The Food and Drug Administration (FDA) on Thursday announced it has expanded the emergency use authorization for the bivalent COVID-19 booster to include children between the ages of 6 months and 5 years.
With this announcement, children older than 6 months who have received the primary two-dose coronavirus vaccines from Moderna are now eligible to receive the bivalent booster specifically designed to protect against omicron subvariants of the virus.
Children who have not yet started on the primary series of Pfizer’s original coronavirus vaccines, which is administered in three doses for this younger age range, or have not yet received the final third dose are also eligible for the bivalent booster shot.
“More children now have the opportunity to update their protection against COVID-19 with a bivalent COVID-19 vaccine, and we encourage parents and caregivers of those eligible to consider doing so — especially as we head into the holidays and winter months where more time will be spent indoors,” FDA Commissioner Robert Califf said in a statement.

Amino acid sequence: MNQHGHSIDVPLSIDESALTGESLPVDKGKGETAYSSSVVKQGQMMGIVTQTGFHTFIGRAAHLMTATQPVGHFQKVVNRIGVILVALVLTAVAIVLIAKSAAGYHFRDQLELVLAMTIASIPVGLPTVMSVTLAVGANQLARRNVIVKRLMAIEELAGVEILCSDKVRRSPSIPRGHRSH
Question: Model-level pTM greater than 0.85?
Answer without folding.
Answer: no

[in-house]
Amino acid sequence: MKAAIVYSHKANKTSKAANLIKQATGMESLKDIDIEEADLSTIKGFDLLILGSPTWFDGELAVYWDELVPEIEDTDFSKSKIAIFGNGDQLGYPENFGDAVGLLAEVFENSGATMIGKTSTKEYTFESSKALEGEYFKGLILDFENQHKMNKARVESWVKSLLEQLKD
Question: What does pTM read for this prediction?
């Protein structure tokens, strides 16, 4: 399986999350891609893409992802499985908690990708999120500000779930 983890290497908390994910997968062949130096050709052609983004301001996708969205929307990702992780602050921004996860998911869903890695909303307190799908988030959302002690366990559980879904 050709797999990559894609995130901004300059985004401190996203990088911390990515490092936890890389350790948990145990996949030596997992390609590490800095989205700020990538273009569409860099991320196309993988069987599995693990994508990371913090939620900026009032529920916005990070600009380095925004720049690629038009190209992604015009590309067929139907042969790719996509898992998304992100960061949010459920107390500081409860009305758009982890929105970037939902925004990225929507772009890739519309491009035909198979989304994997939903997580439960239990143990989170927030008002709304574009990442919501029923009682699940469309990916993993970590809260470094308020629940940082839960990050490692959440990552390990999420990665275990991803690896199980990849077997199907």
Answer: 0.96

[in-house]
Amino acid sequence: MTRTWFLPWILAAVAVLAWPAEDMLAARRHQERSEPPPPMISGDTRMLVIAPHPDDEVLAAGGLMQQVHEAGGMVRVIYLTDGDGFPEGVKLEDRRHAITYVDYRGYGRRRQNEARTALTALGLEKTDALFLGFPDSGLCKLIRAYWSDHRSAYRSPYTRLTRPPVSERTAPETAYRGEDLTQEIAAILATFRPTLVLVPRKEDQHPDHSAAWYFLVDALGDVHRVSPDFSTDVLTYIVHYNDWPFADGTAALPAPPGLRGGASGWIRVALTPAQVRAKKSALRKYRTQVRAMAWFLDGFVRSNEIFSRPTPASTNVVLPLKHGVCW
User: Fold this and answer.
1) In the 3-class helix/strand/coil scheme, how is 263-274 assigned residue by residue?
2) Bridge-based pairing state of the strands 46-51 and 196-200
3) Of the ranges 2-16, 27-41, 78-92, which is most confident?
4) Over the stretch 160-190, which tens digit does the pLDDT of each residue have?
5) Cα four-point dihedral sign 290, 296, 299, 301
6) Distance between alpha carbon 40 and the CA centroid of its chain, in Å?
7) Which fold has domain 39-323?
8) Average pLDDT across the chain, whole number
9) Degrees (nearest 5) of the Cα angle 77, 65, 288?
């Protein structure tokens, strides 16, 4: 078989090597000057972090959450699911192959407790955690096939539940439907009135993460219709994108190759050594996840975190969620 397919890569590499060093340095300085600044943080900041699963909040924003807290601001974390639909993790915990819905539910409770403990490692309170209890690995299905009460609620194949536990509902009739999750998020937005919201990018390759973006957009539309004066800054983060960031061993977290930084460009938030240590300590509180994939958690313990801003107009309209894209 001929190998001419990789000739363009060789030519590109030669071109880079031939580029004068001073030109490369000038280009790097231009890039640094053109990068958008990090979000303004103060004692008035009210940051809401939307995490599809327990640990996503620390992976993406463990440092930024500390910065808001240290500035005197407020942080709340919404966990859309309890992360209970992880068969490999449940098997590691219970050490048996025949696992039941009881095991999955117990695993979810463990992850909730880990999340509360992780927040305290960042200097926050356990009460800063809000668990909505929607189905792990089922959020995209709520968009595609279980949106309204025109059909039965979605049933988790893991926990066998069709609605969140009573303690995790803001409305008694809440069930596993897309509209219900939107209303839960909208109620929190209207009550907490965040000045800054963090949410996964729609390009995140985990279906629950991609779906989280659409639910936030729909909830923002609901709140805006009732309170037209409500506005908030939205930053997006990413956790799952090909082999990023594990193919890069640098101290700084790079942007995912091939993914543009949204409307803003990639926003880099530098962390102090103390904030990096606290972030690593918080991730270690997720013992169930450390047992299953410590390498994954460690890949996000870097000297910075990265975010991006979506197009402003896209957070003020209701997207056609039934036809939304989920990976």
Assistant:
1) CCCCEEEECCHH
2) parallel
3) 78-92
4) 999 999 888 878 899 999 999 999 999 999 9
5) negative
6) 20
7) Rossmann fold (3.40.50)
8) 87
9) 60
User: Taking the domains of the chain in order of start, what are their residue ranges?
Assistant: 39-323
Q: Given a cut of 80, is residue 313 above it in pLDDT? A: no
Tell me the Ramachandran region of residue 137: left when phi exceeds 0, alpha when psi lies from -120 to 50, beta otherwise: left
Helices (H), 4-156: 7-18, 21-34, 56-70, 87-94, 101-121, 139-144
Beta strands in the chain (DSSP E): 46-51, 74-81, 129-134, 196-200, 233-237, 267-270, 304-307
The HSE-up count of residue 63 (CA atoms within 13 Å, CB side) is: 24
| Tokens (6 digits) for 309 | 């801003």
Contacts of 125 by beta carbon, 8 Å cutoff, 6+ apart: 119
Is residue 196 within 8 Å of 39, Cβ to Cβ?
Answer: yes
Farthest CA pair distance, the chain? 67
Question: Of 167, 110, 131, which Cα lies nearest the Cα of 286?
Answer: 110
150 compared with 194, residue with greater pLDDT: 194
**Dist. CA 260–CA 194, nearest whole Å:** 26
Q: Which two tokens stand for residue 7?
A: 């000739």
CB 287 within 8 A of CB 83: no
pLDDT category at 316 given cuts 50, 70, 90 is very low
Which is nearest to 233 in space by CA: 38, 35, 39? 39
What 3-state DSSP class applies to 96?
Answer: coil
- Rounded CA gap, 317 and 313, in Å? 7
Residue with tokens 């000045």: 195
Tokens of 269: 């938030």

“As this virus has changed, and immunity from previous COVID-19 vaccination wanes, the more people who keep up to date on COVID-19 vaccinations, the more benefit there will be for individuals, families and public health by helping prevent severe illnesses, hospitalizations, and deaths,” he added.
According to the most up-to-date federal data, the BQ.1 and BQ.1.1 omicron subvariants are the two most common forms of the coronavirus circulating in the U.S. right now, collectively accounting for more than 60 percent of cases.
The bivalent boosters are expected to still be effective against these strains, as they descend from the BA.4 and BA.5 omicron subvariants.
The FDA previously authorized the bivalent booster shots for children as young as 5 in October, with officials at the time citing the return to school and the resumption of pre-pandemic activities for the need of the expanded vaccine coverage.
“Parents and caregivers can be assured that the FDA has taken a great deal of care in our review, and we encourage parents of children of any age who are eligible for primary vaccination or a bivalent COVID-19 vaccine booster dose to consider seeking vaccination now as it can potentially help protect them from COVID-19 during a time when cases are increasing,” Peter Marks, director of the FDA’s Center for Biologics Evaluation and Research, said.
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